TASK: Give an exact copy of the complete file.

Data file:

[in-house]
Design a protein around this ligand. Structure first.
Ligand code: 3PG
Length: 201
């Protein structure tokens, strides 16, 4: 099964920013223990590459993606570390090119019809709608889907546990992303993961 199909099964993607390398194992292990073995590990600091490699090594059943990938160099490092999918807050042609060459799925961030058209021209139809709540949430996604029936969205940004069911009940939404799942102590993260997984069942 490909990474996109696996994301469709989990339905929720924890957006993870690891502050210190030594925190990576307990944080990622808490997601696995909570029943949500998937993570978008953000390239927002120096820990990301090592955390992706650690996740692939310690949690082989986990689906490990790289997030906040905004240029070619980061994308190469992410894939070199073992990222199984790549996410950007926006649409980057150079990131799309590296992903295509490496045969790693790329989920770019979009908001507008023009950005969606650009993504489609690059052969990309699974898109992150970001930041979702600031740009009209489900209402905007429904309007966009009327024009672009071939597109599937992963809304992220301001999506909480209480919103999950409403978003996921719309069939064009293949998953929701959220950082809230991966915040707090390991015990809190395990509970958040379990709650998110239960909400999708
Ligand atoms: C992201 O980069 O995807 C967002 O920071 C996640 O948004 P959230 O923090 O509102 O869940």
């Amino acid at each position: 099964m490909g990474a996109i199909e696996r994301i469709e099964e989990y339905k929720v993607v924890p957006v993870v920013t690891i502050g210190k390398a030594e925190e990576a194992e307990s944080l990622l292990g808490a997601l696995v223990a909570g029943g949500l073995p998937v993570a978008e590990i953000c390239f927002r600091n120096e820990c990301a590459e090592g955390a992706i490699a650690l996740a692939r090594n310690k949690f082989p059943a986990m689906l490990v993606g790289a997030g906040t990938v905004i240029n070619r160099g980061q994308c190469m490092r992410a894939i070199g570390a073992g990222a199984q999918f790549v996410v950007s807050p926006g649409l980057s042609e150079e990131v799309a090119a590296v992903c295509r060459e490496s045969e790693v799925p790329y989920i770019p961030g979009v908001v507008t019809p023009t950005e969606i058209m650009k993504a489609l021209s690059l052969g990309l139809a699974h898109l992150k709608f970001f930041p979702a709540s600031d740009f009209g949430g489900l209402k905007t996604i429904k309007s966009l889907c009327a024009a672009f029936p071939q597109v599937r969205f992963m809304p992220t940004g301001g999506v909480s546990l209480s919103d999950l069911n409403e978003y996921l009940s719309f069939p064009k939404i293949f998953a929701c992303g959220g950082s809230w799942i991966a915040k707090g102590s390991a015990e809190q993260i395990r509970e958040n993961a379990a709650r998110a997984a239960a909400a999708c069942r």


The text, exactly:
[in-house]
Design a protein around this ligand. Structure first.
Ligand code: 3PG
Length: 201
């Protein structure tokens, strides 16, 4: 099964920013223990590459993606570390090119019809709608889907546990992303993961 199909099964993607390398194992292990073995590990600091490699090594059943990938160099490092999918807050042609060459799925961030058209021209139809709540949430996604029936969205940004069911009940939404799942102590993260997984069942 490909990474996109696996994301469709989990339905929720924890957006993870690891502050210190030594925190990576307990944080990622808490997601696995909570029943949500998937993570978008953000390239927002120096820990990301090592955390992706650690996740692939310690949690082989986990689906490990790289997030906040905004240029070619980061994308190469992410894939070199073992990222199984790549996410950007926006649409980057150079990131799309590296992903295509490496045969790693790329989920770019979009908001507008023009950005969606650009993504489609690059052969990309699974898109992150970001930041979702600031740009009209489900209402905007429904309007966009009327024009672009071939597109599937992963809304992220301001999506909480209480919103999950409403978003996921719309069939064009293949998953929701959220950082809230991966915040707090390991015990809190395990509970958040379990709650998110239960909400999708
Ligand atoms: C992201 O980069 O995807 C967002 O920071 C996640 O948004 P959230 O923090 O509102 O869940």
């Amino acid at each position: 099964m490909g990474a996109i199909e696996r994301i469709e099964e989990y339905k929720v993607v924890p957006v993870v920013t690891i502050g210190k390398a030594e925190e990576a194992e307990s944080l990622l292990g808490a997601l696995v223990a909570g029943g949500l073995p998937v993570a978008e590990i953000c390239f927002r600091n120096e820990c990301a590459e090592g955390a992706i490699a650690l996740a692939r090594n310690k949690f082989p059943a986990m689906l490990v993606g790289a997030g906040t990938v905004i240029n070619r160099g980061q994308c190469m490092r992410a894939i070199g570390a073992g990222a199984q999918f790549v996410v950007s807050p926006g649409l980057s042609e150079e990131v799309a090119a590296v992903c295509r060459e490496s045969e790693v799925p790329y989920i770019p961030g979009v908001v507008t019809p023009t950005e969606i058209m650009k993504a489609l021209s690059l052969g990309l139809a699974h898109l992150k709608f970001f930041p979702a709540s600031d740009f009209g949430g489900l209402k905007t996604i429904k309007s966009l889907c009327a024009a672009f029936p071939q597109v599937r969205f992963m809304p992220t940004g301001g999506v909480s546990l209480s919103d999950l069911n409403e978003y996921l009940s719309f069939p064009k939404i293949f998953a929701c992303g959220g950082s809230w799942i991966a915040k707090g102590s390991a015990e809190q993260i395990r509970e958040n993961a379990a709650r998110a997984a239960a909400a999708c069942r």